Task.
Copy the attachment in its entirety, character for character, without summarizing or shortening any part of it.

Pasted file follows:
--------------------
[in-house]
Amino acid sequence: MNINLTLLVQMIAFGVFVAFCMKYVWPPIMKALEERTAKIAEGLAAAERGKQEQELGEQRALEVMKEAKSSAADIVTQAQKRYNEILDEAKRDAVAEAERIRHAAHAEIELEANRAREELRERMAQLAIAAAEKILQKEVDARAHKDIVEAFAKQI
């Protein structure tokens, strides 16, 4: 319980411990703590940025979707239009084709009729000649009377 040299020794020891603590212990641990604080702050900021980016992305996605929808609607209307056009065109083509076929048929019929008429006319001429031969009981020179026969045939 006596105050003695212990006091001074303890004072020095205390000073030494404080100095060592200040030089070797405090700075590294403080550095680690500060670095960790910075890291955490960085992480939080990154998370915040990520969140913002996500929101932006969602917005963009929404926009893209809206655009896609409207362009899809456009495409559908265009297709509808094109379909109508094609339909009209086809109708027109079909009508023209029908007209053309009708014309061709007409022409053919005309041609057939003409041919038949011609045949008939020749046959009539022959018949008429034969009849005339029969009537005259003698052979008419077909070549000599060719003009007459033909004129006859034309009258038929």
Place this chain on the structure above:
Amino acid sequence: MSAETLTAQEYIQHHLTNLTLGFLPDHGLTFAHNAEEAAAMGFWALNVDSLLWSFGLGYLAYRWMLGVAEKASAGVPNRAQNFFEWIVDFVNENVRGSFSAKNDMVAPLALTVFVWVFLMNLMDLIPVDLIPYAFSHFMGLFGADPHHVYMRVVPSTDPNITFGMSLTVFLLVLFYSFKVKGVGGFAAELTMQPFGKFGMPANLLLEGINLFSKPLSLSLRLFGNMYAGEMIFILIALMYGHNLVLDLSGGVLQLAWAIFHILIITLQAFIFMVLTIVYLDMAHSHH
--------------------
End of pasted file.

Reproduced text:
[in-house]
Amino acid sequence: MNINLTLLVQMIAFGVFVAFCMKYVWPPIMKALEERTAKIAEGLAAAERGKQEQELGEQRALEVMKEAKSSAADIVTQAQKRYNEILDEAKRDAVAEAERIRHAAHAEIELEANRAREELRERMAQLAIAAAEKILQKEVDARAHKDIVEAFAKQI
């Protein structure tokens, strides 16, 4: 319980411990703590940025979707239009084709009729000649009377 040299020794020891603590212990641990604080702050900021980016992305996605929808609607209307056009065109083509076929048929019929008429006319001429031969009981020179026969045939 006596105050003695212990006091001074303890004072020095205390000073030494404080100095060592200040030089070797405090700075590294403080550095680690500060670095960790910075890291955490960085992480939080990154998370915040990520969140913002996500929101932006969602917005963009929404926009893209809206655009896609409207362009899809456009495409559908265009297709509808094109379909109508094609339909009209086809109708027109079909009508023209029908007209053309009708014309061709007409022409053919005309041609057939003409041919038949011609045949008939020749046959009539022959018949008429034969009849005339029969009537005259003698052979008419077909070549000599060719003009007459033909004129006859034309009258038929």
Place this chain on the structure above:
Amino acid sequence: MSAETLTAQEYIQHHLTNLTLGFLPDHGLTFAHNAEEAAAMGFWALNVDSLLWSFGLGYLAYRWMLGVAEKASAGVPNRAQNFFEWIVDFVNENVRGSFSAKNDMVAPLALTVFVWVFLMNLMDLIPVDLIPYAFSHFMGLFGADPHHVYMRVVPSTDPNITFGMSLTVFLLVLFYSFKVKGVGGFAAELTMQPFGKFGMPANLLLEGINLFSKPLSLSLRLFGNMYAGEMIFILIALMYGHNLVLDLSGGVLQLAWAIFHILIITLQAFIFMVLTIVYLDMAHSHH